Photo by Laine Gruver
On Saturday Feb.18, the third annual SoCal LGBTQIA Health Conference was held at the David Geffen School of Medicine at UCLA. The conference offered four tracks: Healing Self, Healing Patients, Healing Community, and Continuing Medical Education, each aimed at regaining and uplifting the collective voice of the LGBTQIA community within healthcare. I participated in the Healing Community program, and was overwhelmed by the positive strides that the conference made towards solving healthcare problems the LGBTQIA community faces.
The conference began with an opening keynote led by trans-activist Bamby Salcedo. Salcedo skillfully commanded a room of healthcare professionals and students by introducing the goals of the conference: to address LGBTQIA issues within the current healthcare climate. Speaking about trans women of color, she said, “There are efforts to pretty much eradicate our experience. We cannot be complacent, we cannot wait for things to happen.” Bamby finished her introduction by presenting the audience with a phrase that sparked hope, encapsulating the struggles that the LGBTQIA community has faced: resist in order to exist.
After the opening keynote, the track-specific presentations began. The first presentation of the Healing Community track was ‘Promoting Awareness in Community Clinics: Providing a Safe Space for the LGBTQI Population,’ and was led by Dr. Janine Roach. The presentation encompassed many aspects of LGBTQIA healthcare, such as an increased risk of mental health disorders in the LGBTQIA community and lack of appropriate medical training for healthcare professionals. The most important piece of information that I took away was about how simple it is to create a safe space within a clinic or hospital. While some of these safe spaces exist currently, there needs to be a movement to increase the number of LGBTQIA friendly hospitals and clinics to ensure that all people in the community have access to healthcare.
“You don’t want to be the barrier to someone getting healthcare,” Dr. Roach said, articulating the small changes healthcare professionals could implement to improve their clinical work environments. A simple revision she suggested was to change all forms to read “Gender:_______” instead of checking a box for male or female, in order to eliminate inherent homophobic gender binarism. Dr. Roach described stories of LGBTQIA patients who left healthcare practices because of judgment or poor treatment towards them by front desk staff or security guards, leaving them untreated.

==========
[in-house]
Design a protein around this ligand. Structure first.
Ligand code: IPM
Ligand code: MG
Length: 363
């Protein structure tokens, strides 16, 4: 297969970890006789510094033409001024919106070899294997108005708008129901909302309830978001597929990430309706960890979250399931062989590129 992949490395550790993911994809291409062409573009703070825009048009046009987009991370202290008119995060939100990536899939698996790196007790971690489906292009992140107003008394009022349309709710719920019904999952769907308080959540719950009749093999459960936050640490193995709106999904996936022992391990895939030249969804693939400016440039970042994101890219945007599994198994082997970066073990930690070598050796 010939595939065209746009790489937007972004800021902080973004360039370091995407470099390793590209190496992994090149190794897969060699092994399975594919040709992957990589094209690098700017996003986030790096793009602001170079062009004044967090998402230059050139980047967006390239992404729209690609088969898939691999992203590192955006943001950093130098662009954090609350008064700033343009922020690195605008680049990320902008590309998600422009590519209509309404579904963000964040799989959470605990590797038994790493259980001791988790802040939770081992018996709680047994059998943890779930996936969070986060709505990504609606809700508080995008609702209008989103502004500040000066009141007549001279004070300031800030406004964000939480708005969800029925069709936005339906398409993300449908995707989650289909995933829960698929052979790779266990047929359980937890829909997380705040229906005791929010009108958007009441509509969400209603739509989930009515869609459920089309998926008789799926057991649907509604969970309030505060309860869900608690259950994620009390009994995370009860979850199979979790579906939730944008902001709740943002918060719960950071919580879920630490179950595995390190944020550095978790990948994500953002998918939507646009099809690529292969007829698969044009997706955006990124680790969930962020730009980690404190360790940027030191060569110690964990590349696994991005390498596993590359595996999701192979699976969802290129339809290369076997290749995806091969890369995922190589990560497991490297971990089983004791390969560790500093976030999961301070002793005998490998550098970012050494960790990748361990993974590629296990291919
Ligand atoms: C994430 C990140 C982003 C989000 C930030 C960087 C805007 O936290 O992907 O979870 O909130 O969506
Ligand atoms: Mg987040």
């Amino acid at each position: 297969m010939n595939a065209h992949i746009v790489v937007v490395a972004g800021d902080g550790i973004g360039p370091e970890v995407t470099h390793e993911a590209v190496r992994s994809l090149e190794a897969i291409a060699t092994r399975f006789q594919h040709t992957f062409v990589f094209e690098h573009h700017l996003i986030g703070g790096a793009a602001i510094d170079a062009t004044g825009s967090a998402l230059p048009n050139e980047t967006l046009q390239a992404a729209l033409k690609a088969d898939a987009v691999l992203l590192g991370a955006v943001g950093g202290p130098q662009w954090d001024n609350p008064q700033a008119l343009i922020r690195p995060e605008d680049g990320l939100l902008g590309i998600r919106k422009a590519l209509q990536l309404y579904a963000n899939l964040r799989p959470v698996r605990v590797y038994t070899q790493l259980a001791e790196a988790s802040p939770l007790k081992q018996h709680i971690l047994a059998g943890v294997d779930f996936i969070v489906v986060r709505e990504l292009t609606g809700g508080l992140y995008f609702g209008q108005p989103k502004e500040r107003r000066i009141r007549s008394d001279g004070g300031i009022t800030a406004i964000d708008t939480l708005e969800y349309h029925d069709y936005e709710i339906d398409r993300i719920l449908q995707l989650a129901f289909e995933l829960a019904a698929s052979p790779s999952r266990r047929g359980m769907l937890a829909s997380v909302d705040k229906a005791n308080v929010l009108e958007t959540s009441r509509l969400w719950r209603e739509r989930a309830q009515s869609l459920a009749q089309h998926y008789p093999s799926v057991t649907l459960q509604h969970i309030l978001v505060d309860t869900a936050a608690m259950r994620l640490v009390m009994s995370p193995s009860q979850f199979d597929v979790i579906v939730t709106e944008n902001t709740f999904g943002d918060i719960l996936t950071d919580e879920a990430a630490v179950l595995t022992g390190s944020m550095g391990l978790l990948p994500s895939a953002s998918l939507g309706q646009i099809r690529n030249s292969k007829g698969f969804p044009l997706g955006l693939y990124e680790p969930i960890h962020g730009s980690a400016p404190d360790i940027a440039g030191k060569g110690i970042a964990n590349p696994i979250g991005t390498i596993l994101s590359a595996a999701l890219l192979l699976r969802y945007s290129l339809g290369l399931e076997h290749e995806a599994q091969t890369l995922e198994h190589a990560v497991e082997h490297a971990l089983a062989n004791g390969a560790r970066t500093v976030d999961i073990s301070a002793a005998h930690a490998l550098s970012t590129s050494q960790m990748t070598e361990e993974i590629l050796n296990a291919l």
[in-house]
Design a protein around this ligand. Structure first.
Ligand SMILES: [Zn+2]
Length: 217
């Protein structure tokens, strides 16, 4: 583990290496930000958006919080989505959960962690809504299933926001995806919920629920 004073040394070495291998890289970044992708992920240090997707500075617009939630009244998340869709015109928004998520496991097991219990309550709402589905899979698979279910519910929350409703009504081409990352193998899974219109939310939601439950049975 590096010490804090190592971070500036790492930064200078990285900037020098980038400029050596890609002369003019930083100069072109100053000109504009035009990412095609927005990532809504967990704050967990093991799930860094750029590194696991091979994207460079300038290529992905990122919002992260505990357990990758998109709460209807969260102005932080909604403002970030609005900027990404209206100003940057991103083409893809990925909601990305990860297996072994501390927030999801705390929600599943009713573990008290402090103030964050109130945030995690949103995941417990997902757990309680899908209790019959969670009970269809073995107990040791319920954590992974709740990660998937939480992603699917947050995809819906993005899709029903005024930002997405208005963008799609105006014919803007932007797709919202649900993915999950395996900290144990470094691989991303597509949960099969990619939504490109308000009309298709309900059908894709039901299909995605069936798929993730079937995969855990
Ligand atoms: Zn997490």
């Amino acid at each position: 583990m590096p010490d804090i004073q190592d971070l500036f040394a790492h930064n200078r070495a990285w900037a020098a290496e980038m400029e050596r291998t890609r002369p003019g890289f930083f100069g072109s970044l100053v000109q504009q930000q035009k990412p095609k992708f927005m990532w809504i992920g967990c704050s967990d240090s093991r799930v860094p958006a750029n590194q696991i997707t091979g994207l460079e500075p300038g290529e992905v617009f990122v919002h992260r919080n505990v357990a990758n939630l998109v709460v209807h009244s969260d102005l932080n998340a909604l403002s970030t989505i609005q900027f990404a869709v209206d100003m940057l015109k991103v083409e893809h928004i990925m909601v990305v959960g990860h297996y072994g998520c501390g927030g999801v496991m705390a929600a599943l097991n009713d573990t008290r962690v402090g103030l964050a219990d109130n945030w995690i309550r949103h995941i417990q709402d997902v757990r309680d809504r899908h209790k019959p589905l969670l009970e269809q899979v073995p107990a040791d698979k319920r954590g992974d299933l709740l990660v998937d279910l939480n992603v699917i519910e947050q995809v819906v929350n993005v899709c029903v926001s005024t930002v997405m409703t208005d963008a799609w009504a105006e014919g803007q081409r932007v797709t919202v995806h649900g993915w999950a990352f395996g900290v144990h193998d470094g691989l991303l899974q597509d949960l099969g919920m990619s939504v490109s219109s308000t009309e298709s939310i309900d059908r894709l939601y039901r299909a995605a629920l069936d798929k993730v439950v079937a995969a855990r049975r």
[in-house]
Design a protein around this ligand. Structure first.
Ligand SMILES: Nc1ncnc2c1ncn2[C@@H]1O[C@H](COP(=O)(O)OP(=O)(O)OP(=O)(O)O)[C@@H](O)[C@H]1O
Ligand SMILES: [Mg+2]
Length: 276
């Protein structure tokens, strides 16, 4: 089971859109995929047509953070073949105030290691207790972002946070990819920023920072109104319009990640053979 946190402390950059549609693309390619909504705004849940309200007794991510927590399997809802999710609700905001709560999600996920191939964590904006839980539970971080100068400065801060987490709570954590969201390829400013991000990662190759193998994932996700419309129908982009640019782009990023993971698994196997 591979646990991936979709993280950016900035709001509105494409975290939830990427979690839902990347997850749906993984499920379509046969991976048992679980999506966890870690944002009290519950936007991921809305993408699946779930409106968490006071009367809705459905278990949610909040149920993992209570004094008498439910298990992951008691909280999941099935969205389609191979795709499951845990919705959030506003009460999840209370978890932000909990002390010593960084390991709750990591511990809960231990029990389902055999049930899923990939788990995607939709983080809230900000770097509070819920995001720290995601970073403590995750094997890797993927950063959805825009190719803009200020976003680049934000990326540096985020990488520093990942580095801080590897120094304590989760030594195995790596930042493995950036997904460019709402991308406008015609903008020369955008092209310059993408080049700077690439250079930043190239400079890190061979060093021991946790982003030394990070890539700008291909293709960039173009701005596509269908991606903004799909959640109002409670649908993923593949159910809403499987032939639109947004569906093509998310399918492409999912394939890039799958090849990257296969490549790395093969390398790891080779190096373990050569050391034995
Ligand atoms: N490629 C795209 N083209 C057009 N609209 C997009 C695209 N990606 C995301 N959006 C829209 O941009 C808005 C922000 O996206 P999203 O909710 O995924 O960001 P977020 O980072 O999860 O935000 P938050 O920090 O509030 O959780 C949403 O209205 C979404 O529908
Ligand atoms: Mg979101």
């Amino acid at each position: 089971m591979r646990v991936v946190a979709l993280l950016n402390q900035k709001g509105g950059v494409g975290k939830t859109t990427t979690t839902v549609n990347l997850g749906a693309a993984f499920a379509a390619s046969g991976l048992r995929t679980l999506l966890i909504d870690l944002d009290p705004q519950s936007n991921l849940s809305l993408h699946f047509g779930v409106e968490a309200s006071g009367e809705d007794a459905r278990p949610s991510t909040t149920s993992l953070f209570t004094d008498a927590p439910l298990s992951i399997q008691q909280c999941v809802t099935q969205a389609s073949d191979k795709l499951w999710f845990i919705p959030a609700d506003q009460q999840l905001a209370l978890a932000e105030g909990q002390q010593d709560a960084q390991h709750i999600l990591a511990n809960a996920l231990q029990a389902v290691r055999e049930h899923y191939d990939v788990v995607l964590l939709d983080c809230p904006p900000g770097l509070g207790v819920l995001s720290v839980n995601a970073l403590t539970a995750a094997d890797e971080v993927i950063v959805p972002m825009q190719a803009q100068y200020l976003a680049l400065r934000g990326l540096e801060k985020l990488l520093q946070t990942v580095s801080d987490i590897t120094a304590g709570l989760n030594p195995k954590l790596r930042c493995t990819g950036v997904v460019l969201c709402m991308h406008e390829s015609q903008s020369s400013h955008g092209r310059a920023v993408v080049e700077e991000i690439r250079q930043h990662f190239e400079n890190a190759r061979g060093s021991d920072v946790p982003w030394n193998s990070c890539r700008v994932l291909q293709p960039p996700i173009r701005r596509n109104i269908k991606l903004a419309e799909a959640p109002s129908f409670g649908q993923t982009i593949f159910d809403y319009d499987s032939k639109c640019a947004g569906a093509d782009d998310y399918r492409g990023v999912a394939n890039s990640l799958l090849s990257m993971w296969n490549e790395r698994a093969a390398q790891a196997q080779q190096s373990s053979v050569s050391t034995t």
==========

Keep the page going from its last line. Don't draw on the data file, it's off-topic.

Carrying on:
She also admitted to mistakes she had made, mostly about patients whom she had misgendered or made other incorrect assumptions about. “How people present [themselves] doesn’t necessarily indicate how they identify,” she said. “I don’t think I can ever be open-minded enough.”
The next workshop, “Structural Vulnerability in Clinical Care,” was led by Dr. Philippe Bourgois. Dr. Bourgois’ talk focused primarily on heroin use in homeless communities, and the dangers associated with needle-sharing and lack of healthcare. Dr. Bourgois spoke of extending medical gaze outside clinical interaction by implementing new techniques outside of the hospital to increase medical attention to homeless and marginalized populations. He described this operationalization in terms of providing improved systematic healthcare options for homeless people needing treatment for addiction-related maladies. Although Dr. Bourgois addressed slightly different topics in the scope of LGBTQIA healthcare than the other speakers, his presentation shed light on the disparities between the healthcare of privileged and marginalized individuals.
Other workshops at the conference included “Sex Worker Health: Holistic Care,” “Work-Life Balance as an LGBTQ+ Provider Panel,” and “LGBTQIA Seniors and Their Social and Health Services Needs.” While most of the conference attendees were students in medical school or healthcare professionals, as an undergraduate student, I felt that the information was still applicable and useful to me.
The conference was successful in broadening perspectives on LGBTQIA healthcare, and providing tangible ways for healthcare professionals to make clinics and hospitals more accessible for LGBTQIA patients.